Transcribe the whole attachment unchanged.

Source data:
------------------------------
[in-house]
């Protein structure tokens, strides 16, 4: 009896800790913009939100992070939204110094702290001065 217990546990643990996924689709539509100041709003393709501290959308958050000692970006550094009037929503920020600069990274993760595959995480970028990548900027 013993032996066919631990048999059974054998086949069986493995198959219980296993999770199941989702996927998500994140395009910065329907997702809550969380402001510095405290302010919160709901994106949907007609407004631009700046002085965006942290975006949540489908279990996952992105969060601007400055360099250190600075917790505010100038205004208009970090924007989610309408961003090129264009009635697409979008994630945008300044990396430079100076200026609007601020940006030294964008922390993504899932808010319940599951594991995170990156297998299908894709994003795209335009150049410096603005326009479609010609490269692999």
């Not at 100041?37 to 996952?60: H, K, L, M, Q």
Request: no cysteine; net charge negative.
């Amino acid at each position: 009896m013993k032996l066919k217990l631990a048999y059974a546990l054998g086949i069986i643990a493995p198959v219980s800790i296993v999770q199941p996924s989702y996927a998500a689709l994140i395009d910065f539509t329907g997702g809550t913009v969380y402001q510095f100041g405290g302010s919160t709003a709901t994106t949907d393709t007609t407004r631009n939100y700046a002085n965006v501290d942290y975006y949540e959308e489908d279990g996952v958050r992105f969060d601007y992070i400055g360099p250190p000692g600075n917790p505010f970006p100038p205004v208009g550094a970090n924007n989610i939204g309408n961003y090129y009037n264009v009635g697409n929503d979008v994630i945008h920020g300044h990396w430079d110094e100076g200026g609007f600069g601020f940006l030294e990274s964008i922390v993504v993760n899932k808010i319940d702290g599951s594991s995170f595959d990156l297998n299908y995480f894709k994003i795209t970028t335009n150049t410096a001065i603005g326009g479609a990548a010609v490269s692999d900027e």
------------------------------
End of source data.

[in-house]
């Protein structure tokens, strides 16, 4: 009896800790913009939100992070939204110094702290001065 217990546990643990996924689709539509100041709003393709501290959308958050000692970006550094009037929503920020600069990274993760595959995480970028990548900027 013993032996066919631990048999059974054998086949069986493995198959219980296993999770199941989702996927998500994140395009910065329907997702809550969380402001510095405290302010919160709901994106949907007609407004631009700046002085965006942290975006949540489908279990996952992105969060601007400055360099250190600075917790505010100038205004208009970090924007989610309408961003090129264009009635697409979008994630945008300044990396430079100076200026609007601020940006030294964008922390993504899932808010319940599951594991995170990156297998299908894709994003795209335009150049410096603005326009479609010609490269692999």
């Not at 100041?37 to 996952?60: H, K, L, M, Q």
Request: no cysteine; net charge negative.
């Amino acid at each position: 009896m013993k032996l066919k217990l631990a048999y059974a546990l054998g086949i069986i643990a493995p198959v219980s800790i296993v999770q199941p996924s989702y996927a998500a689709l994140i395009d910065f539509t329907g997702g809550t913009v969380y402001q510095f100041g405290g302010s919160t709003a709901t994106t949907d393709t007609t407004r631009n939100y700046a002085n965006v501290d942290y975006y949540e959308e489908d279990g996952v958050r992105f969060d601007y992070i400055g360099p250190p000692g600075n917790p505010f970006p100038p205004v208009g550094a970090n924007n989610i939204g309408n961003y090129y009037n264009v009635g697409n929503d979008v994630i945008h920020g300044h990396w430079d110094e100076g200026g609007f600069g601020f940006l030294e990274s964008i922390v993504v993760n899932k808010i319940d702290g599951s594991s995170f595959d990156l297998n299908y995480f894709k994003i795209t970028t335009n150049t410096a001065i603005g326009g479609a990548a010609v490269s692999d900027e």